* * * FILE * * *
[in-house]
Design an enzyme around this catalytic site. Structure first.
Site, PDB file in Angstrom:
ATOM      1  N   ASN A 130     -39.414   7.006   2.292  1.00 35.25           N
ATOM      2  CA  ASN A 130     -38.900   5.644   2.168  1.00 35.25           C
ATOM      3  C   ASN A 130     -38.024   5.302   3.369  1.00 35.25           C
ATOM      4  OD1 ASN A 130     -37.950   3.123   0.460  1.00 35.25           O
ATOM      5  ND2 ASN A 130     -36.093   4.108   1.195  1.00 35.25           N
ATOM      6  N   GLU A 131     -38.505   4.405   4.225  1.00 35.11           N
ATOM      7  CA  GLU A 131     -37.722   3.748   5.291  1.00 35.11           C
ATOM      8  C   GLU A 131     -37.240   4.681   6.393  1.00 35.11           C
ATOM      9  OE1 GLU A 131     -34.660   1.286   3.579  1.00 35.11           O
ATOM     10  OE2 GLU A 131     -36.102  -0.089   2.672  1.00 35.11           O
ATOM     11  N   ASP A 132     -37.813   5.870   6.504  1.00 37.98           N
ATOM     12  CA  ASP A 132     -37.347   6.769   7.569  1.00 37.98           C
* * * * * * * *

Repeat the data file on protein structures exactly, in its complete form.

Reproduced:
[in-house]
Design an enzyme around this catalytic site. Structure first.
Site, PDB file in Angstrom:
ATOM      1  N   ASN A 130     -39.414   7.006   2.292  1.00 35.25           N
ATOM      2  CA  ASN A 130     -38.900   5.644   2.168  1.00 35.25           C
ATOM      3  C   ASN A 130     -38.024   5.302   3.369  1.00 35.25           C
ATOM      4  OD1 ASN A 130     -37.950   3.123   0.460  1.00 35.25           O
ATOM      5  ND2 ASN A 130     -36.093   4.108   1.195  1.00 35.25           N
ATOM      6  N   GLU A 131     -38.505   4.405   4.225  1.00 35.11           N
ATOM      7  CA  GLU A 131     -37.722   3.748   5.291  1.00 35.11           C
ATOM      8  C   GLU A 131     -37.240   4.681   6.393  1.00 35.11           C
ATOM      9  OE1 GLU A 131     -34.660   1.286   3.579  1.00 35.11           O
ATOM     10  OE2 GLU A 131     -36.102  -0.089   2.672  1.00 35.11           O
ATOM     11  N   ASP A 132     -37.813   5.870   6.504  1.00 37.98           N
ATOM     12  CA  ASP A 132     -37.347   6.769   7.569  1.00 37.98           C